Critics of Trans-Pacific Partnership trade deal warn about arbitration clause

Australian Trade Minister Andrew Robb, left, and U.S. Trade Representative Mike Froman attend Trans-Pacific Partnership talks last October.

Australian Trade Minister Andrew Robb, left, and U.S. Trade Representative Mike Froman attend Trans-Pacific Partnership talks last October.

(PETER PARKS / AFPGetty Images)

When Australia began prohibiting brand logos and requiring grim pictures of smoking-borne diseases on cigarette packs, tobacco giant Philip Morris fired back using a novel tactic.

It turned to an obscure dispute-arbitration clause in a 1993 trade agreement between Australia and Hong Kong to argue that the Australian government’s new public-health law amounted to discrimination and an expropriation of a foreign investment.

That case, which is pending, illustrates what opponents of the Trans-Pacific Partnership say they fear most about the nearly completed trade pact: that it will benefit big corporations at the expense of consumers and workers.


Few things have galvanized critics of the 12-nation Pacific Rim trade deal as much as an arbitration clause aimed at protecting foreign businesses from the hazards of investing in countries with weak rule of law and unstable governments.

The provision allows multinational investors to sue foreign governments for expropriation and unfair or unequal treatment, giving them the ability to bring cases before a special, extrajudicial arbitration tribunal that is unavailable to domestic investors.

Though the clause is already common in hundreds of existing treaties around the world, critics fear that the largely secretive arbitration mechanism, however well-intended, will increasingly be exploited by large companies to demand compensation for or exemptions from certain laws and policies meant for the public good.

Although there are not yet any known cases in which multinational companies have succeeded in rolling back such a law, critics of the trade deal point to several cases that they fear could yield that result or chill other nations from enacting similar measures.

Even though Australia’s High Court upheld the legality of the cigarette-packaging rule when challenged by other companies, New York-based Philip Morris was still able to able to take action under Australia’s treaty with Hong Kong by using a Hong Kong-based unit of the company.

Though the U.S. also has a trade pact with Australia, Philip Morris could not seek a claim under that accord because Australia had refused to include an investor-state dispute settlement provision in the agreement with the U.S.


In another case, Lone Pine Resources, a Canadian firm, is using the fact that it is incorporated in Delaware to access the dispute clause in the North American Free Trade Agreement. It is seeking $250 million in damages from the Canadian government after the province of Quebec issued a moratorium on the controversial drilling method known as fracking.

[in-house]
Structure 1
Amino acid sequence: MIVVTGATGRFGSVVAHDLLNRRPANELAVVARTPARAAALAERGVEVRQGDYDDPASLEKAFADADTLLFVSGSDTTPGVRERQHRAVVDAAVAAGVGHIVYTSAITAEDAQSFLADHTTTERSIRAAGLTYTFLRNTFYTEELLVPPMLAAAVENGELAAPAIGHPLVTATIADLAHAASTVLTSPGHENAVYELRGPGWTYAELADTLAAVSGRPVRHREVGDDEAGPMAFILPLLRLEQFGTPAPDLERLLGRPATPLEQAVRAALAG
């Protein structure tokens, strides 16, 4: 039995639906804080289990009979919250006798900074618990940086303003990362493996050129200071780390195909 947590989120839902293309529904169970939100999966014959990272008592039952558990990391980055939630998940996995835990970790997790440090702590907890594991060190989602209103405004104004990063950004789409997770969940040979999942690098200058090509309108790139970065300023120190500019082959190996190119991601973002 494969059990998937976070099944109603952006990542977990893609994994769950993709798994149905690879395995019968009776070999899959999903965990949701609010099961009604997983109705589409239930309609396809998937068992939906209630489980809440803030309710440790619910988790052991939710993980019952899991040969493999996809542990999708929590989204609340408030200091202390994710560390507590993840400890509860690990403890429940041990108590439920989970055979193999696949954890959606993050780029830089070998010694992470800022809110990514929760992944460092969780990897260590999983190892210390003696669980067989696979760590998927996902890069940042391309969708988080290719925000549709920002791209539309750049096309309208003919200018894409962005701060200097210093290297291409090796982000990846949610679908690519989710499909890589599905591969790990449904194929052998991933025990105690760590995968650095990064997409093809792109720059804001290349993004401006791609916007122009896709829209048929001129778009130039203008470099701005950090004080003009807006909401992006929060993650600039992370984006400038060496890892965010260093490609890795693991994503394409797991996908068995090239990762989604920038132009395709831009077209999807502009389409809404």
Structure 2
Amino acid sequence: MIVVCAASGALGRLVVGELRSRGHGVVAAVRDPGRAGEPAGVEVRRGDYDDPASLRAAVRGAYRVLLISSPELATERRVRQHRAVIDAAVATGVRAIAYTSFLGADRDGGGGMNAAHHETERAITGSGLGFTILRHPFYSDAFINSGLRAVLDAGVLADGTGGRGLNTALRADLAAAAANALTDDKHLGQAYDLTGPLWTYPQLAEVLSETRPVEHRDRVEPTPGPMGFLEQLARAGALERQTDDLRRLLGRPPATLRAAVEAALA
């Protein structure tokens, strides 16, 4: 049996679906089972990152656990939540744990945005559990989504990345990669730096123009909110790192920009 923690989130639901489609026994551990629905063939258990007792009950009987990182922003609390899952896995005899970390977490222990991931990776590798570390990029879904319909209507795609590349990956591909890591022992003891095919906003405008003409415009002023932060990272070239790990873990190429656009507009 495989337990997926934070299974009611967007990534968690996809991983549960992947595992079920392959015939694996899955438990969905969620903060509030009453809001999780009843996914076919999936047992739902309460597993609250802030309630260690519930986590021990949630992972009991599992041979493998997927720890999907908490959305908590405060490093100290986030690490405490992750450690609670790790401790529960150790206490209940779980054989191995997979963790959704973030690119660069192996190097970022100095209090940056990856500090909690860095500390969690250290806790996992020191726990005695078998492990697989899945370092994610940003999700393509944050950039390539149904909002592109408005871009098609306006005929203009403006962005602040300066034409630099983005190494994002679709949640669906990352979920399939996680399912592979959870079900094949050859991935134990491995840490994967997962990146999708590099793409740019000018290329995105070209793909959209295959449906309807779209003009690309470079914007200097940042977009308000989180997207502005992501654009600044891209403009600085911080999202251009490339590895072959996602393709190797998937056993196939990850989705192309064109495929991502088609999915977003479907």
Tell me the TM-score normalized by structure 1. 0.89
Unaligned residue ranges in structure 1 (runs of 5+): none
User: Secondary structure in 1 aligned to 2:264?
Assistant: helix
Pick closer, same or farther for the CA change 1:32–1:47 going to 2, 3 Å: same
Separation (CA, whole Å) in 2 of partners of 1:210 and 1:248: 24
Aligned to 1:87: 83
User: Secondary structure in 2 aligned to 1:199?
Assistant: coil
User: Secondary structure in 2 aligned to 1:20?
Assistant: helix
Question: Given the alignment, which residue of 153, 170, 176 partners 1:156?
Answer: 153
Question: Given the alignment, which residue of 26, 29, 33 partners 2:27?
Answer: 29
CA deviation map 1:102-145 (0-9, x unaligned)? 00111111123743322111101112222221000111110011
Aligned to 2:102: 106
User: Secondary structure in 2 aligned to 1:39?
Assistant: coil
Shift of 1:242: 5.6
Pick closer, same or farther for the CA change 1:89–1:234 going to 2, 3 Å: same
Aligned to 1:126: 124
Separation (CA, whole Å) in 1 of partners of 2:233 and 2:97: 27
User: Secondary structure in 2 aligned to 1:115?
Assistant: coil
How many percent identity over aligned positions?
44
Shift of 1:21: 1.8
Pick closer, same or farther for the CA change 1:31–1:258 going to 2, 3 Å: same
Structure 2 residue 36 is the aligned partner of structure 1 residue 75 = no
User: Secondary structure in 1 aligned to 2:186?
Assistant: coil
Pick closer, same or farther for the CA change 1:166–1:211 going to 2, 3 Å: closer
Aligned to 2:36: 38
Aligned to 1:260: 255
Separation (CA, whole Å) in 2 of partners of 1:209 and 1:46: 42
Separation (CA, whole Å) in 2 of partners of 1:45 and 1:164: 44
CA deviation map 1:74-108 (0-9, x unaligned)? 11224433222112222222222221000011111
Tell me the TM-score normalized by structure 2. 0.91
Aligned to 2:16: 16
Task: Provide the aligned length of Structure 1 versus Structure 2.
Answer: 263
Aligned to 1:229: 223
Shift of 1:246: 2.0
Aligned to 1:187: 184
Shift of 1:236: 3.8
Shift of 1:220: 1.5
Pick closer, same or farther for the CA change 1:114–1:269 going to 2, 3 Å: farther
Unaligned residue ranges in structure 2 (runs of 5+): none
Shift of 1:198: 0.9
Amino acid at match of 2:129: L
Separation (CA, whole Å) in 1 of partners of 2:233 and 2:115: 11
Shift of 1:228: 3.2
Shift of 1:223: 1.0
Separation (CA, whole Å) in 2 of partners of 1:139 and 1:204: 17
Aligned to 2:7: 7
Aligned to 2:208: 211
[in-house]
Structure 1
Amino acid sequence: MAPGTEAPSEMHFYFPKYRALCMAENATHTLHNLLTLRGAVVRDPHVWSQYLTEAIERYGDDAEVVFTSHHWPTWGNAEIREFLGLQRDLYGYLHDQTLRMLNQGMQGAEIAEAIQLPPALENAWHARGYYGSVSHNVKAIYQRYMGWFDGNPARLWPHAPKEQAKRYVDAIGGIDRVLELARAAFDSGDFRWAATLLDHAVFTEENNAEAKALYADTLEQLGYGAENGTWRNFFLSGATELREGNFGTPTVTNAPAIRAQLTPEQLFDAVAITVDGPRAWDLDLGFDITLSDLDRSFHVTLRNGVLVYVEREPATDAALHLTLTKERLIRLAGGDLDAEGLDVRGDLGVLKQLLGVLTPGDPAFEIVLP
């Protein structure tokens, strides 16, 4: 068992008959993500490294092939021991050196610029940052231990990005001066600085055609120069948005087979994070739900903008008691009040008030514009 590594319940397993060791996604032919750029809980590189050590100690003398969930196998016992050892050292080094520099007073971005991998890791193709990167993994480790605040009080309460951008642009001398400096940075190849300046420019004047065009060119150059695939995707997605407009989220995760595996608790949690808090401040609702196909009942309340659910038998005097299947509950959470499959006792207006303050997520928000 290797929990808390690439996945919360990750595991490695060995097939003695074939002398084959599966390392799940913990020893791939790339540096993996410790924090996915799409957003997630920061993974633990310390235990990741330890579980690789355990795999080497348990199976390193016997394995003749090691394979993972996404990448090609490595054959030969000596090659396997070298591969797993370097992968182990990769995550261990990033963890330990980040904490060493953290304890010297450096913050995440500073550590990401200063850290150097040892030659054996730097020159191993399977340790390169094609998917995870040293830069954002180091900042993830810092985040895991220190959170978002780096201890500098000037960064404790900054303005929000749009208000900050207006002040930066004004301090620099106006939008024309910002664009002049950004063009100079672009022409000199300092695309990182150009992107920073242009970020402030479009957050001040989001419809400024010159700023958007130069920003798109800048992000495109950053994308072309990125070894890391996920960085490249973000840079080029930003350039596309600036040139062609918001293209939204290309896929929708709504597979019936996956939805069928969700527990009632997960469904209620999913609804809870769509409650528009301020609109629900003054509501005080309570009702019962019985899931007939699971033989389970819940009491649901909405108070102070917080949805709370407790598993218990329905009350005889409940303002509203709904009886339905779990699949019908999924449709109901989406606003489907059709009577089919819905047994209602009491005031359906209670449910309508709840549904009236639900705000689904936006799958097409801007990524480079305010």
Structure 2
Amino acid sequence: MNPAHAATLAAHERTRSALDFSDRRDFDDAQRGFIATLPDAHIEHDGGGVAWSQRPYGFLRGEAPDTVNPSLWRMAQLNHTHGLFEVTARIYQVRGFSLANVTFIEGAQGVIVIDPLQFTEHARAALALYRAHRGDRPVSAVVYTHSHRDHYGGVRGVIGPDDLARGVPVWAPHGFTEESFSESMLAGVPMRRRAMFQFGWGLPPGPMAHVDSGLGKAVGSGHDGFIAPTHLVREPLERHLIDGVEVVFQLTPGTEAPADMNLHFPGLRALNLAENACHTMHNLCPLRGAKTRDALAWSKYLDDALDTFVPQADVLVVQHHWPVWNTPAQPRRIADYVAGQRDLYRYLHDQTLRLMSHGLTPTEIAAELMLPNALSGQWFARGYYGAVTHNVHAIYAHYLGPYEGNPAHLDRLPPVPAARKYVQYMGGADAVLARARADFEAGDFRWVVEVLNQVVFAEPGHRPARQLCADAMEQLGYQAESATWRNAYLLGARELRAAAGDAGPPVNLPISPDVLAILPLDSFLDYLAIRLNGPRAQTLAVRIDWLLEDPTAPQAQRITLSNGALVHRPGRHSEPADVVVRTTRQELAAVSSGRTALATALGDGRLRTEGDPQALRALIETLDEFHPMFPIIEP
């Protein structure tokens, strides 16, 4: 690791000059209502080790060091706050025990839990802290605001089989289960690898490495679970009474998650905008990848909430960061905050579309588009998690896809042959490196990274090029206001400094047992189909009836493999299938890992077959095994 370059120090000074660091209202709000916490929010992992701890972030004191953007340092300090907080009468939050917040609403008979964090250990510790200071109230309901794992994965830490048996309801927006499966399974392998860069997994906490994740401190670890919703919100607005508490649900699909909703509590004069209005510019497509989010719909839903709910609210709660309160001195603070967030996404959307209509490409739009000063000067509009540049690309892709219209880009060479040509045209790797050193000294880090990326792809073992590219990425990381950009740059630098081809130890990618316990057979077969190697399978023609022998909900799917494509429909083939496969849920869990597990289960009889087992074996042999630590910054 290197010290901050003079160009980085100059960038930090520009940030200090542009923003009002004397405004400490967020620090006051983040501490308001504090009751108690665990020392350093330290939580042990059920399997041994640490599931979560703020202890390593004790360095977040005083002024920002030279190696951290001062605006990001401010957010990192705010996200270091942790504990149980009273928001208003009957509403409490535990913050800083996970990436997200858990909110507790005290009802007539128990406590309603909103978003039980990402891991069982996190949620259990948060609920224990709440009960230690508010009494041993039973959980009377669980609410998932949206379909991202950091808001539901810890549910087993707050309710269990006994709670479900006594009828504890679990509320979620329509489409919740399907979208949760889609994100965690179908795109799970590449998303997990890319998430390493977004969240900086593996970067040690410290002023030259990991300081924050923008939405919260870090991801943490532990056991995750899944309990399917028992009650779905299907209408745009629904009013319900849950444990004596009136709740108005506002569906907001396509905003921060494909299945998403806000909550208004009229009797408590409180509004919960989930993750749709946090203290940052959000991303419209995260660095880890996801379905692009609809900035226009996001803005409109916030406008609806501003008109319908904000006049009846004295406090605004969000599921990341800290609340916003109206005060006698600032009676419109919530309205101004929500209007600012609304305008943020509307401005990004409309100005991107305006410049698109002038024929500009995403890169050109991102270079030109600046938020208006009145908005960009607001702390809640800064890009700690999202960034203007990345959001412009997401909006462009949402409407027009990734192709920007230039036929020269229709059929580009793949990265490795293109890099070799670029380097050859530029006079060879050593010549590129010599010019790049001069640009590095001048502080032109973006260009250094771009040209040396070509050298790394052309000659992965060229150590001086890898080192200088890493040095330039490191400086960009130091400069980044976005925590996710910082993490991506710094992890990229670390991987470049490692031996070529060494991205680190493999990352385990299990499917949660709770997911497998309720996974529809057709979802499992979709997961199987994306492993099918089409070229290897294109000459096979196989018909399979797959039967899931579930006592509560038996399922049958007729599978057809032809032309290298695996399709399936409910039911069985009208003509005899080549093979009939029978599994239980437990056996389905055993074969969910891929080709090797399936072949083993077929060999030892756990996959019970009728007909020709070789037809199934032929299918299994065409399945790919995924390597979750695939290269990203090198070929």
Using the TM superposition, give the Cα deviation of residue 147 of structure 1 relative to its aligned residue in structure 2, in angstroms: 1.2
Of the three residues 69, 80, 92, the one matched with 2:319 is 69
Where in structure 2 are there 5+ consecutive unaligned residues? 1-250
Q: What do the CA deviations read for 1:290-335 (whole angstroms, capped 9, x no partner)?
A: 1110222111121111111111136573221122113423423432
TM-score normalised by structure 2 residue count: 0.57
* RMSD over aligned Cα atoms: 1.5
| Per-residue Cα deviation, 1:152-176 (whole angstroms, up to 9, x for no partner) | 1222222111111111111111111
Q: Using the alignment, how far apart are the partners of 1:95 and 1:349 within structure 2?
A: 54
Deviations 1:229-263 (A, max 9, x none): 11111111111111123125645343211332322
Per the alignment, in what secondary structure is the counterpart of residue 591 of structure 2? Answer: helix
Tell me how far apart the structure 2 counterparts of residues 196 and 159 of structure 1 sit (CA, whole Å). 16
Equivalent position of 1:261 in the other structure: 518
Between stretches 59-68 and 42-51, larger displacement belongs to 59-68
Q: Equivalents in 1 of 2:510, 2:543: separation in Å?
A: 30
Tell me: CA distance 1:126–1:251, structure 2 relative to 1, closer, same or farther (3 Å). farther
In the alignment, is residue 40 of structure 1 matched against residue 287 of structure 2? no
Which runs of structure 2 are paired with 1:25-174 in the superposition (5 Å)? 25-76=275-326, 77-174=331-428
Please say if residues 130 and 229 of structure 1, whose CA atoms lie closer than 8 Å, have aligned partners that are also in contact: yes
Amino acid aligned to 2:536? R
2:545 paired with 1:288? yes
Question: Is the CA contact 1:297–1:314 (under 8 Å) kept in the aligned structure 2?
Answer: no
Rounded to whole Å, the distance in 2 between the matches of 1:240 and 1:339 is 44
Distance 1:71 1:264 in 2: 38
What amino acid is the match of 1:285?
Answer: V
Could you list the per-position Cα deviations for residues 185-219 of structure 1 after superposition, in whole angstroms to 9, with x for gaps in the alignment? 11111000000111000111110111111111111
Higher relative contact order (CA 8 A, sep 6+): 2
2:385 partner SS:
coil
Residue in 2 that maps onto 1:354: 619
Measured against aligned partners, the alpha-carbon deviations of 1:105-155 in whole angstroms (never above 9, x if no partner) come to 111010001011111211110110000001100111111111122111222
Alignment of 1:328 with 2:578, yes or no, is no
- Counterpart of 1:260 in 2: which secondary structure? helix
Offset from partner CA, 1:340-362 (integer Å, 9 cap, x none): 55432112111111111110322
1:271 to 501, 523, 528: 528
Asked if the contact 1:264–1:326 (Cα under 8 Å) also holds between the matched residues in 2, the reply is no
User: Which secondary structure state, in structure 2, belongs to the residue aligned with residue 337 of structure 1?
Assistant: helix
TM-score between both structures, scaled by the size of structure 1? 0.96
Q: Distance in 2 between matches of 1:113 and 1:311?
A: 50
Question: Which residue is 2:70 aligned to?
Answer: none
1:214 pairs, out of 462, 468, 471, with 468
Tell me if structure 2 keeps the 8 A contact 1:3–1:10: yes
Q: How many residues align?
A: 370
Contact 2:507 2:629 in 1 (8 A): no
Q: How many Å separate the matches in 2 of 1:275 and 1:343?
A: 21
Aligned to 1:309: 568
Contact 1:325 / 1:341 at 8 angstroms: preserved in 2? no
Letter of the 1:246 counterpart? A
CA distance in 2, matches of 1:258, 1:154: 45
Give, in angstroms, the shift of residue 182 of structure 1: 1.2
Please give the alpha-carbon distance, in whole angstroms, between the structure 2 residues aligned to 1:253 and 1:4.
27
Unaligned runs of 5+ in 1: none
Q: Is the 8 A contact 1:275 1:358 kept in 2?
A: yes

Opponents of the arbitration provision warn that it’s only a matter of time before foreign companies or even perhaps U.S. companies with foreign subsidiaries ramp up their use of the dispute-settlement process to avoid U.S. courts and fight American laws.

“What makes us think we couldn’t face a similar challenge?” said Ben Beachy, research director on trade at Public Citizen, a watchdog group and leading critic of the Trans-Pacific Partnership.

Dozens of law school professors — including noted Harvard scholar Laurence Tribe — along with environmentalists, health policy experts and other civil society groups, have raised similar concerns. The issue is certain to heat up once negotiations for the trade pact conclude, possibly in the next few weeks, and details of the sweeping trade accord are disclosed to the public.

Sen. Elizabeth Warren (D-Mass.), one of the most vocal critics of the investor-state dispute settlement clause, argued in a recent Washington Post opinion piece that the Pacific trade deal “would tilt the playing field in the United States further in favor of big multinational corporations” and “undermine U.S. sovereignty.”

Obama administration officials respond that similar arbitration procedures are used every day by businesses, governments and individuals to resolve conflicts. Protection of a citizen’s property is a right enshrined in the U.S. Constitution, Jeffrey Zients, a top economic advisor to Obama, wrote in a White House blog.


“Unfortunately, foreign courts have not always respected this principle,” he said, “and U.S. investors often face a heightened risk of bias or discrimination when abroad.”

Zients noted that there have been only 13 investor-state dispute settlement cases brought to judgment against the American government — and the U.S. has won them all.

U.S. business groups said opponents of the arbitration provision have misstated or grossly exaggerated the facts.